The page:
THE LAW, according to Open University lecturer Carol Howells, is about “so much more than just lawyers”.

Yet because it is seen as complex, stuffy or out of reach, the law and its workings remain a mystery to most people unless they are forced to engage with it in some way.

While simple legal process such as buying a house are reasonably easy to navigate, others, such as asserting employment or consumer rights, are less so, with a general lack of knowledge often leading people to make decisions that are not necessarily in their best interests.

For Ms Howells that does not make sense: if we were all armed with an understanding of why laws exist, how they are used and how they apply to us, we would be better placed to make decisions that impact on our lives.

Which is why the Open University has launched an online course that looks specifically at how the law in Scotland has developed and how the public can get involved in shaping it in the future.

“We wanted to have something that introduces people to how law is made, why it is made in that way and the issues that might be involved in that,” Ms Howells said.

“We’ll also be looking at why we have courts and what their purpose is in the 21st century – why are we still using processes that have been in place since the 1500s? What’s the digital future?

“It’s about providing an understanding and also looking at legal skills, which can make a difference if you’re writing to challenge the local council about something or you are making a planning application.

“It’s about having the underlying knowledge that gives you the information to ask the right questions.”

Called ‘The Scottish Parliament and Law Making’, the course, which is divided into eight sections and is free to complete via the Open University’s OpenLearn platform, is being targeted at a number of different audiences.

In particular, students are expected to be anyone who has a general interest in law and law making, school pupils registered on the Open University’s Young Applicants in Schools Scheme, and people who would benefit from having an understanding of how the law works as part of their jobs.

“One market is people with a general interest in the law who want to know more about it but might be put off by standard legal textbooks,” Ms Howells said.

“Another market is providing a taste of degree study to people doing their school exams.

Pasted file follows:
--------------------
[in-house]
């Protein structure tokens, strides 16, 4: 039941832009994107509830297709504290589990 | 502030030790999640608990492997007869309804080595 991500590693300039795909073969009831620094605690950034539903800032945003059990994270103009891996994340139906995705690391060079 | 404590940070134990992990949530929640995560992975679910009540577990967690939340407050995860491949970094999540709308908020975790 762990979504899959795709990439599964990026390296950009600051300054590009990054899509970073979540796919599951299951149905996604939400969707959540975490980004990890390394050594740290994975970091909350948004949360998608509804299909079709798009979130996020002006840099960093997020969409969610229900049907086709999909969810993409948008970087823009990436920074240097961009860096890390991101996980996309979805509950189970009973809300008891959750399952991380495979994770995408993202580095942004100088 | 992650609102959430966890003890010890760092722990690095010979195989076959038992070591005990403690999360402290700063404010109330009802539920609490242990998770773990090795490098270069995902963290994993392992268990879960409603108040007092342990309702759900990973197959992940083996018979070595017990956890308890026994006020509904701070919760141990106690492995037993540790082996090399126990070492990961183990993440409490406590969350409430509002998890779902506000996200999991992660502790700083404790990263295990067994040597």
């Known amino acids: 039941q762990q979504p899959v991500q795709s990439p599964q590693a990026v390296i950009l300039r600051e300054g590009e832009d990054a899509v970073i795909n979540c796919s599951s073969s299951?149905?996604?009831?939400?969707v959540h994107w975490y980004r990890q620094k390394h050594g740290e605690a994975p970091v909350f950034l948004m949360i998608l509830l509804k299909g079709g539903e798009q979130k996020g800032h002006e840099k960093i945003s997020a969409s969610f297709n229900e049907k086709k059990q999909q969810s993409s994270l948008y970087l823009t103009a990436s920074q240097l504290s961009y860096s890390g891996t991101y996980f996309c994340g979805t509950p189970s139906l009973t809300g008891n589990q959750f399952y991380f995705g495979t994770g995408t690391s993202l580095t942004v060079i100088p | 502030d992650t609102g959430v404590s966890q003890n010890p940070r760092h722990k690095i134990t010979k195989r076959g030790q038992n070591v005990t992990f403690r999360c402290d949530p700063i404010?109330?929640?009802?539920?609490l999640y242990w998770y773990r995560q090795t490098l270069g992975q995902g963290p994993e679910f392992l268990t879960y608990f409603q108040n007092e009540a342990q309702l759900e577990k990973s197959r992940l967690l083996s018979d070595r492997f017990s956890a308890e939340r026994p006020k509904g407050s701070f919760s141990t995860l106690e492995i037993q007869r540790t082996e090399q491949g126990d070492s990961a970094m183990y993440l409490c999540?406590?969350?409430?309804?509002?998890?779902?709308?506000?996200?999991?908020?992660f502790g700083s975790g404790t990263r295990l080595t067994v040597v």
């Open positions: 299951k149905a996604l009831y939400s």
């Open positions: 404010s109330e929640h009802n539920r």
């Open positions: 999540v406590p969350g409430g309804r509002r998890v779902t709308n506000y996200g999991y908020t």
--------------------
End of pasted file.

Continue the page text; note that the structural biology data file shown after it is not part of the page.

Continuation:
“They might want to do law at university but want a taste of independent learning before going there so they know what to expect – and to know if law is the right subject for them. We’ve got 200 students from that section.

“Another aspect is anybody who touches on law through their work – that might be a social worker, police officer, someone who works for the local council, a trustee of a charity or an MSP.”

While the course will neither look in depth at specific laws or provide legal advice, it is anticipated that it will help the latter group in particular when it comes to dealing with their legal needs.

This is because basic knowledge of the legal system would enable them to better target budgets at procuring specific legal advice rather than having to spend money determining what advice they need in the first place.

“This is about getting people to think about why we have laws and, when they go to seek legal advice, making them more knowledgeable in thinking about what they are seeking and why, and more informed about the advice they are given,” Ms Howells said.

Ultimately, though, the aim of the course, which will remain online indefinitely, is to bust some of the myths that persist about the legal system while presenting its workings in an accessible way.

“There are a lot of misconceptions about law and some people have it on a pedestal,” Ms Howells said.

“When people talk about innovation it tends to be about technology but we think there’s a need to redefine how some of these fundamental subjects are approached.

“It’s about renegotiating the understanding of the role of law in society and why it’s so fundamental.

“If you think about some of the reports of lawyers, law making and judges this is to remind people that this is why the law is there.”